Then Karey said, “We should call Kevin and ask him.” So that’s what we did, and Kevin said that his musical Avenue Q started with just two songs and an idea.
So I went out to California (where Karey lived), Kevin came out to Califonia, and we went to dinner and pitched the idea. Then we went back to Karey’s house and I sat at the piano and played Kevin a few music ideas that we had, and that’s how it started. Then Kevin went back to New York with copies of the songs, and he lived with it for a week or so. Then he called and said, “I think you guys have something here—we should talk about moving forward.”
So that’s how it started. At that point, my thought was…Uh Oh, now we have to write this (laughs). And from that point forward, it took us about four-and-a-half years from the time we got really serious about it, until the time the show opened. Along the way, thanks to Kevin, we got a great director (Casey Nicholaw) attached, so we were surrounded by seasoned Broadway veterans that we were able to lean on as we were going through the process of writing it.
DK: Currently, you’re working on a new animated movie called Small Foot that’s coming out soon. Did you write the songs for this movie?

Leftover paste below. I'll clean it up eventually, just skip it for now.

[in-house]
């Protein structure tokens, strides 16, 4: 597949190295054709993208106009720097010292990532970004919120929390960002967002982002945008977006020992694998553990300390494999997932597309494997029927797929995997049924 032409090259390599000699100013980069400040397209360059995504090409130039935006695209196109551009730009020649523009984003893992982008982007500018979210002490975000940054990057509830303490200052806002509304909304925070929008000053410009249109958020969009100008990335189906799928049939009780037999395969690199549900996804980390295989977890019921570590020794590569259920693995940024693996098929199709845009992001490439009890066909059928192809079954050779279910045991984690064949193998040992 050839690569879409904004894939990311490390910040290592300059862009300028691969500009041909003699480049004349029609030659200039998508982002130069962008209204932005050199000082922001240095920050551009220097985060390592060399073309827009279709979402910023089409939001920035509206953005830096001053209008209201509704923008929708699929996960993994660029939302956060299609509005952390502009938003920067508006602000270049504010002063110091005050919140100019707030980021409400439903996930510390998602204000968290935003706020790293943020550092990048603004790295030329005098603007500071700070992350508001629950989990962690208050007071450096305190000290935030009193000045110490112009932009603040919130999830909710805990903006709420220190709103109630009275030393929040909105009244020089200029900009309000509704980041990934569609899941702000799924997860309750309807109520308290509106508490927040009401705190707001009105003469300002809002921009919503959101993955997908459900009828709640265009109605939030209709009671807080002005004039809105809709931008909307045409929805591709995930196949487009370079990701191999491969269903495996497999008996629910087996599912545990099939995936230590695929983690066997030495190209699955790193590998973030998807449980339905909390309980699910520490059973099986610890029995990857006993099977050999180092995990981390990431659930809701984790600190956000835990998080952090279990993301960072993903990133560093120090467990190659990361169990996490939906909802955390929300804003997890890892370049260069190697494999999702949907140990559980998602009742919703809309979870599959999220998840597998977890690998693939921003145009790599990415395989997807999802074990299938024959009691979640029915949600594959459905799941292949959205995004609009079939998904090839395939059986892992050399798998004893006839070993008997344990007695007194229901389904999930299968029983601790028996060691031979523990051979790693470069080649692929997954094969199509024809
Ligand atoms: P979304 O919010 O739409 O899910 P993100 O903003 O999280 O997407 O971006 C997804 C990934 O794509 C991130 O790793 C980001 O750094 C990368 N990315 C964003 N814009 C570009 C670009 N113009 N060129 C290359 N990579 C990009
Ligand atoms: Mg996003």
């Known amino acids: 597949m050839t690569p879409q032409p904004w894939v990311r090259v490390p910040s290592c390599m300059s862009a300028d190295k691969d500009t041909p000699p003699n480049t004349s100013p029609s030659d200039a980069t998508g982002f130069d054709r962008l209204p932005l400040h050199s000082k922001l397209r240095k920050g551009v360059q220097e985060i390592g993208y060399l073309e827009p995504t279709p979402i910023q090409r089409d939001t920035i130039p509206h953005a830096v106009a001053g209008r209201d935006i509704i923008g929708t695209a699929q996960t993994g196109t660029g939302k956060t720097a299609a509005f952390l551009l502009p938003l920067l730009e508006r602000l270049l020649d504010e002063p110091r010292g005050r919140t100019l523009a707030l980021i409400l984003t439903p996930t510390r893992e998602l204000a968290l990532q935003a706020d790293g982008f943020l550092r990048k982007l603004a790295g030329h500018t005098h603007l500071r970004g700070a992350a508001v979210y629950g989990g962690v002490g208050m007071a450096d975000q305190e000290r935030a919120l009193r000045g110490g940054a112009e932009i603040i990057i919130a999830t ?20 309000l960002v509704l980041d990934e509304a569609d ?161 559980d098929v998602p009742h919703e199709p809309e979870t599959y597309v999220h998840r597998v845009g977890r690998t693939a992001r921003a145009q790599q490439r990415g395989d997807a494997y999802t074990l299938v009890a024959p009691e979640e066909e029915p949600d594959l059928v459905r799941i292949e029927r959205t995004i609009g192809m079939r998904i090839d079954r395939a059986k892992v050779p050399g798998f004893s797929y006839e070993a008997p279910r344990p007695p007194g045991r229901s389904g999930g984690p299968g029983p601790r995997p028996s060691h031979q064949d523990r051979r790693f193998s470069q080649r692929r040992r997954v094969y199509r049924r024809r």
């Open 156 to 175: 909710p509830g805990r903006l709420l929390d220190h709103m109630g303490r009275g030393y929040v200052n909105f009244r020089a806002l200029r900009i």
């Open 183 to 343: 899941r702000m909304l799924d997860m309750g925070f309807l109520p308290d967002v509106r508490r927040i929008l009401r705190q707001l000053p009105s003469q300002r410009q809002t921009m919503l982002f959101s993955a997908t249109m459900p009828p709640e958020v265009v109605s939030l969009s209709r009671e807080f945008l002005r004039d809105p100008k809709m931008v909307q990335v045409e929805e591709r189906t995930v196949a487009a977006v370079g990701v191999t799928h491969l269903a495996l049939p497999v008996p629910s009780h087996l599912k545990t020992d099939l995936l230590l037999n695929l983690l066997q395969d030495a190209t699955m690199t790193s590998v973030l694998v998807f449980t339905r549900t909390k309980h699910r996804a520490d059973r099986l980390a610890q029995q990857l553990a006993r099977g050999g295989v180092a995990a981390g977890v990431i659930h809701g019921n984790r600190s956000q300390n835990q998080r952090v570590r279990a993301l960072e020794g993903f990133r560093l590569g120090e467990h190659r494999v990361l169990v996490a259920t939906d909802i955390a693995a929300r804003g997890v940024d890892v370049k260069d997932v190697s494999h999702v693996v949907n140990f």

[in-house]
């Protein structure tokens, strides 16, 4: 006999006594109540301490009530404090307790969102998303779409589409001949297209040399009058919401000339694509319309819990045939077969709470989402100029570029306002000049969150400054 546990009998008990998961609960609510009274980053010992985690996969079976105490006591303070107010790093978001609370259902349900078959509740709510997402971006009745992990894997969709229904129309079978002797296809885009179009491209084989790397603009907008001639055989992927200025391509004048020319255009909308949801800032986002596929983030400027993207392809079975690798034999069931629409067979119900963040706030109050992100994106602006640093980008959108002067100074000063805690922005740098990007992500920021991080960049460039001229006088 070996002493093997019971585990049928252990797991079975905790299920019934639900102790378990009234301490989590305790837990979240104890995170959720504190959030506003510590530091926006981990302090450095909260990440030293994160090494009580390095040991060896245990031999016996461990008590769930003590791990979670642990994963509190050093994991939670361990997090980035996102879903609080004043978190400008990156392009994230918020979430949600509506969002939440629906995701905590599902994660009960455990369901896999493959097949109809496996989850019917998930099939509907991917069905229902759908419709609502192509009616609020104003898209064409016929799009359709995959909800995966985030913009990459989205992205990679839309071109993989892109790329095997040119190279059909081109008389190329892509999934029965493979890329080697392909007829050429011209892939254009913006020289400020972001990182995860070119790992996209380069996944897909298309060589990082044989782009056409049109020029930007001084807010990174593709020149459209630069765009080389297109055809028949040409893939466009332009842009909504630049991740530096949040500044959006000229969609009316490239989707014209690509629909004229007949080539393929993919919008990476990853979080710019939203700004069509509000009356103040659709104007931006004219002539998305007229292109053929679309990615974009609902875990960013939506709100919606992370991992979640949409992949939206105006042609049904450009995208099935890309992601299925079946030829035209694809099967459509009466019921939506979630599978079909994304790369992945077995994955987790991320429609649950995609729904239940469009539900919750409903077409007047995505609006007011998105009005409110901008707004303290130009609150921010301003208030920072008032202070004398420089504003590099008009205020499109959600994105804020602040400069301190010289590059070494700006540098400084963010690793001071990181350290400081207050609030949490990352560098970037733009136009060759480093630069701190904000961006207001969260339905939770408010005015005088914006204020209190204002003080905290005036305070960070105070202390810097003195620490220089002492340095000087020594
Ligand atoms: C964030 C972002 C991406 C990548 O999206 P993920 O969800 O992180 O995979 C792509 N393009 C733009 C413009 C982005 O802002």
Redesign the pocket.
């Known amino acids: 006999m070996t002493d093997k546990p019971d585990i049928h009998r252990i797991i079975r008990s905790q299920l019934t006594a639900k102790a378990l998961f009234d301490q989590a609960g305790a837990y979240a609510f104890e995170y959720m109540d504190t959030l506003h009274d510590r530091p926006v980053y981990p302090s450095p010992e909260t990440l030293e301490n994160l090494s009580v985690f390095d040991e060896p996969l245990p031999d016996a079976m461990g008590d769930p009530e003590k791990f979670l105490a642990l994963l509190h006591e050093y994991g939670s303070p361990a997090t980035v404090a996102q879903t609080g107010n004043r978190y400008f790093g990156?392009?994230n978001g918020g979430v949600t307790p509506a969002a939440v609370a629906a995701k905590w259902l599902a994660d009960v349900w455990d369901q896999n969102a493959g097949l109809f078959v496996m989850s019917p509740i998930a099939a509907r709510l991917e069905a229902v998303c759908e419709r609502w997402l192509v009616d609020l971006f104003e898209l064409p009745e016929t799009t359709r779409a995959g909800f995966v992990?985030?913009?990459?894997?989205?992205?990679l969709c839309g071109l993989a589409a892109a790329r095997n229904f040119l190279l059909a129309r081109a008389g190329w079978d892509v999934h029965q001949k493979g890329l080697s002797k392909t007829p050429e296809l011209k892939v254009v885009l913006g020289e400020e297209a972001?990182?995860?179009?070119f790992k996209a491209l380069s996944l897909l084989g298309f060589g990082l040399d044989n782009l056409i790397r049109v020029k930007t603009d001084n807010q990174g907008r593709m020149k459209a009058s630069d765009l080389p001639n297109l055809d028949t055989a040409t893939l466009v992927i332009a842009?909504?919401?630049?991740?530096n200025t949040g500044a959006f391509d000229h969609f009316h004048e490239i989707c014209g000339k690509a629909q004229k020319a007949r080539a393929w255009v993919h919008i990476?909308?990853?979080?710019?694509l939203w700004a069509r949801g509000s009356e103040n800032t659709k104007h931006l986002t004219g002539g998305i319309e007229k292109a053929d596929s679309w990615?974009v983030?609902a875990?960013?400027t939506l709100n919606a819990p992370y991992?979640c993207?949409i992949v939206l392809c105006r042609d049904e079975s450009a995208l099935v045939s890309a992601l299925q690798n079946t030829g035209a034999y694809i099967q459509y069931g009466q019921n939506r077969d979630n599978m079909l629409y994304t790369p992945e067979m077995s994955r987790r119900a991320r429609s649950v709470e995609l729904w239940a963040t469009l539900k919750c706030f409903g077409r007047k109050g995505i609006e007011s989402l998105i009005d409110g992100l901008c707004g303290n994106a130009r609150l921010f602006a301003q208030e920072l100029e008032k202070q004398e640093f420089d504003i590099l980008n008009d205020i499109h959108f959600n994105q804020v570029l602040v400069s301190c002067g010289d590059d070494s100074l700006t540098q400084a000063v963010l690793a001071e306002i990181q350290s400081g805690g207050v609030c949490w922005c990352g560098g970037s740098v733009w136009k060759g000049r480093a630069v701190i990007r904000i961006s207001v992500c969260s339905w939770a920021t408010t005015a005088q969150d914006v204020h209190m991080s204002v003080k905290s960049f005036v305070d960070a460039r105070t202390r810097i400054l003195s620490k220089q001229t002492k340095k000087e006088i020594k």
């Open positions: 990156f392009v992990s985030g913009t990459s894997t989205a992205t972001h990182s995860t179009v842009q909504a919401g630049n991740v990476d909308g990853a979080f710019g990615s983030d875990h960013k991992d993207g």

Here’s the video trailer for the hit Broadway musical, Something Rotten!
The songs were co-written by Wayne Kirkpatrick.
Kirkpatrick: Yes, I worked on all the songs that are in the movie. There’s about six songs. Because of our work in Something Rotten!, we were given the opportunity to get into the animated world. You know, one thing happens and it opens the door for other things to happen. So Small Foot is a movie that Karey started off writing and ended up directing. When he first started on it, it was just going to be a straight, animated movie. Then about a year-and-a-half ago, they decided to turn it into a musical of sorts, so I was brought in to participate in writing the songs. It was yet again a new experience for me, writing songs for an animated movie.
DK: Wayne, you’ve worked in several genres of music, plus Broadway and movies. As you look back on your career, how does it feel to have success in many different ways?
Kirkpatrick: I don’t think it’s something I could have purposely mapped out. Looking back, it all seems to make perfect sense (laughs), like there was a grand plan for it all. But there really wasn’t on my part, other than just going through the doors that were open and following the songs, really. This sense of having to reinvent yourself as the trends change, as music changed, while at the same time remaining true to yourself. I can only do what I can do. I just try to recognize where my strengths are and where my flaws are, and play to my strengths.